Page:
Special Report

The Strategy of the Smart Surrender

David Frum still has a lot to learn from James Carville.

By 5.21.08

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I had a little argument with David Frum about taxes almost two years ago in a series of blog exchanges. He had argued that to pay for abolishing the Alternative Minimum Tax (AMT) we should adopt a carbon tax of equivalent size. The AMT had been adopted in the 1960s as a way of ensuring that a couple of dozen millionaires exploiting loopholes so furiously that they avoided any income tax liability altogether would be forced to pay some reasonable amount of tax.

But the AMT had never been indexed for inflation. So now, 40 years later, the AMT threatens millions of Americans with a punitive tax that would raise close to a trillion dollars over 10 years. It threatens in particular those in higher tax, Democrat states, as the deductions for state and local taxes are disallowed under the AMT. So Congressional Democrats are anxious to do something about the AMT.

I argued that if we had to adopt another tax to offset the revenue loss from eliminating the AMT, then we weren't really eliminating the AMT. We were validating a trillion dollar tax increase that was sold to America as a minor loophole closure only for the very rich, not a general tax increase.

Frum said my position was unrealistic and a smarter position for conservatives was to negotiate for the least bad tax increase to offset AMT abolition, a carbon tax that would tax only consumption and pollution, not savings and capital. He added that in opposing this I misunderstood the message of the 2006 elections (which was apparently that voters wanted a trillion dollar tax increase).

I call this the "strategy of the smart surrender," a theme I see emerging among some conservative writers. This is the argument that we are going to lose anyway, so we may as well go along with it and get the best deal we can.

By the end of last year, however, it was the Democrats who caved on an offsetting tax increase for the AMT. The Democrat leadership decided it didn't want to be tagged with promoting a major tax increase for the offset (apparently also misreading the results of the 2006 elections and failing to read Frum's blog).

The Democrats waived their own paygo rule to pass a "patch" that prevented the AMT from advancing to tax more and more middle class voters, resulting in another, $65 billion tax cut under President Bush. Democrat leaders said they would just deal with the AMT by continuing to pass such patches every year.

So it turned out that Frum's smart surrender wasn't really necessary after all.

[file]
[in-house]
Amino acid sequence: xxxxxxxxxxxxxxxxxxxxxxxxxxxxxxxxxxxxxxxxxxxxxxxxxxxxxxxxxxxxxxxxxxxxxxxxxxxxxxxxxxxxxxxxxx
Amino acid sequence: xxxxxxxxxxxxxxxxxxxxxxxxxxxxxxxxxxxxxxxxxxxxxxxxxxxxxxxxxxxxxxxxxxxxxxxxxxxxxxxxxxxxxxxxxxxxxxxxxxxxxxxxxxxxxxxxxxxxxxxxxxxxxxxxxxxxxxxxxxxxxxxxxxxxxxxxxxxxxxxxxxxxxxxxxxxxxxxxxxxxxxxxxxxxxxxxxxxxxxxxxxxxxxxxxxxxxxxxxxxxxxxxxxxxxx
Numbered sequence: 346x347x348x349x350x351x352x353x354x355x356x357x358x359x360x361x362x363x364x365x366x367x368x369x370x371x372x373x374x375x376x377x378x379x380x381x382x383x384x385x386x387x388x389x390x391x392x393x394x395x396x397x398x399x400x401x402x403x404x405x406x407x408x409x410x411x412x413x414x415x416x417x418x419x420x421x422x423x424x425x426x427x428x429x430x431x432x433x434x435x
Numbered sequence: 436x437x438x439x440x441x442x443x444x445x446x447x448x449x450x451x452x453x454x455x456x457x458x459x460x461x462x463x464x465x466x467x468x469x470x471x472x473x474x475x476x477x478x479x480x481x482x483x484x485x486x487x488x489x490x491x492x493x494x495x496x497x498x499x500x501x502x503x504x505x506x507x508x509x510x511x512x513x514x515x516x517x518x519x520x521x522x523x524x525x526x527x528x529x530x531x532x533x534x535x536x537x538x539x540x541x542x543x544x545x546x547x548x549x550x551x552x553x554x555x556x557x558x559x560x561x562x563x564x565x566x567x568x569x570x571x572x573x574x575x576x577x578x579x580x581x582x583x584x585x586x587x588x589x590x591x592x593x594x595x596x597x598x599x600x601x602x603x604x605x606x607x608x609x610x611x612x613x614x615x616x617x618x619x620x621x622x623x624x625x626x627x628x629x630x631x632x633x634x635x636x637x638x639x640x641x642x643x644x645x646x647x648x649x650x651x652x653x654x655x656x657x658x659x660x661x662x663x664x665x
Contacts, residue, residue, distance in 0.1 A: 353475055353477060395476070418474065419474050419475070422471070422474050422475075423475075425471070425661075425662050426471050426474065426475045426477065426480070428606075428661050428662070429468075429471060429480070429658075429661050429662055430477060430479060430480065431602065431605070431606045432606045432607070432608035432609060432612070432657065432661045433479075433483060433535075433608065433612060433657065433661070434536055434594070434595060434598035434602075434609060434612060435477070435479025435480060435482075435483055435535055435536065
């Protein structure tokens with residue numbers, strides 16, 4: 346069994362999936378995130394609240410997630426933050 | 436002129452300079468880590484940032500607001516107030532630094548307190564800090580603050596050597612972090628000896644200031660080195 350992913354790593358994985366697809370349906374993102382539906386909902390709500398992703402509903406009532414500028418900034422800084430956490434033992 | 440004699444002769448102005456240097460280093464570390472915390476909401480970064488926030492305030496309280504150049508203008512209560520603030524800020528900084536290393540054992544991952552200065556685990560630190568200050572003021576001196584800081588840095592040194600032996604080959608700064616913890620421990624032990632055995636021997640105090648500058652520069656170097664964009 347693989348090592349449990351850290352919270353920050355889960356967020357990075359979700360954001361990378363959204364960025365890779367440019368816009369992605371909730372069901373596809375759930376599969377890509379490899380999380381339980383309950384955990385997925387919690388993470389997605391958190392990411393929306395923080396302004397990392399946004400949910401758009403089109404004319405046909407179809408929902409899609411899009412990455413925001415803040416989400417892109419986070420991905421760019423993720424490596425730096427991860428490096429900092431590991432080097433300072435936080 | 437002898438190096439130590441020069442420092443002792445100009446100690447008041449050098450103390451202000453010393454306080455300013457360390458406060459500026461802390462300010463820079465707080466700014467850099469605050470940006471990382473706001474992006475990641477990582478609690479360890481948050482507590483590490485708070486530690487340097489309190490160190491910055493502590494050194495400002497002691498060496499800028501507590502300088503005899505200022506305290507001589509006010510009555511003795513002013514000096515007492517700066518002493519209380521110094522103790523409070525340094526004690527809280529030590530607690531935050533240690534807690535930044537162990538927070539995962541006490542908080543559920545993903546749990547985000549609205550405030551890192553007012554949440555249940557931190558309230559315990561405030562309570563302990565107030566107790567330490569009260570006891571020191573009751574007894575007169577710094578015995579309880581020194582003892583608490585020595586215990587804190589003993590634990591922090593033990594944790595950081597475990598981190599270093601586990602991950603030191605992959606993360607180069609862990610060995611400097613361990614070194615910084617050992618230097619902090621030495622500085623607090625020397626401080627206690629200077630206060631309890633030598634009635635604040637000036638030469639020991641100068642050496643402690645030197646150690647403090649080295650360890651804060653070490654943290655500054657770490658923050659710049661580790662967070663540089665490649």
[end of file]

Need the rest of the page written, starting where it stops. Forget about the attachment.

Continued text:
IN HIS BOOK Comeback: Conservatism That Can Win Again, Frum elaborates further. He says that the taxpayer movement is dead because of the new realities of the Federal income tax.

The bottom 40 percent of all taxpayers in terms of income now pay 0 percent of all income taxes. In fact, they receive net payments from the Federal income tax equal to 3.8 percent of total income tax revenues.

The middle 20 percent in income pay just 4.7 percent of all taxes. Therefore, 60 percent of all voters appear to have little or no interest in further Federal income tax cuts.

The top 1 percent of taxpayers now pay 37 percent of all income taxes, while earning 16.3 percent of income. The top 10 percent pay 71 percent of all income taxes. Not much of a political base for a taxpayer movement, Frum argues.

This is the result of Republican tax policy going all the way back to Ronald Reagan and his advocacy of the Earned Income Tax Credit in the 1970s. Republicans have not only cut but have basically eliminated income taxes on low, moderate and middle income people. So when Hillary Clinton and Barack Obama rail against Republican tax cuts for the rich at the expense of the middle class, they are trying to play the voters for fools. Contrary to their rhetoric, looks like the rich are already paying more than their fair share.

Frum could be using his considerable communications skills to broadcast these basic facts to the general public, bolstering conservative and free market tax policy. But, no, he uses those skills to deride the efforts of anti-tax conservatives as politically defunct.

Frum writes, "The problem is that our slogan 'Read My Lips: No New Taxes,' has translated into practical politics as 'Read My Lips: No New Thinking.'" Frum adds that conservatives cannot succeed by "endlessly reprising (or attempting to reprise) our Greatest Hits of the Reagan Era."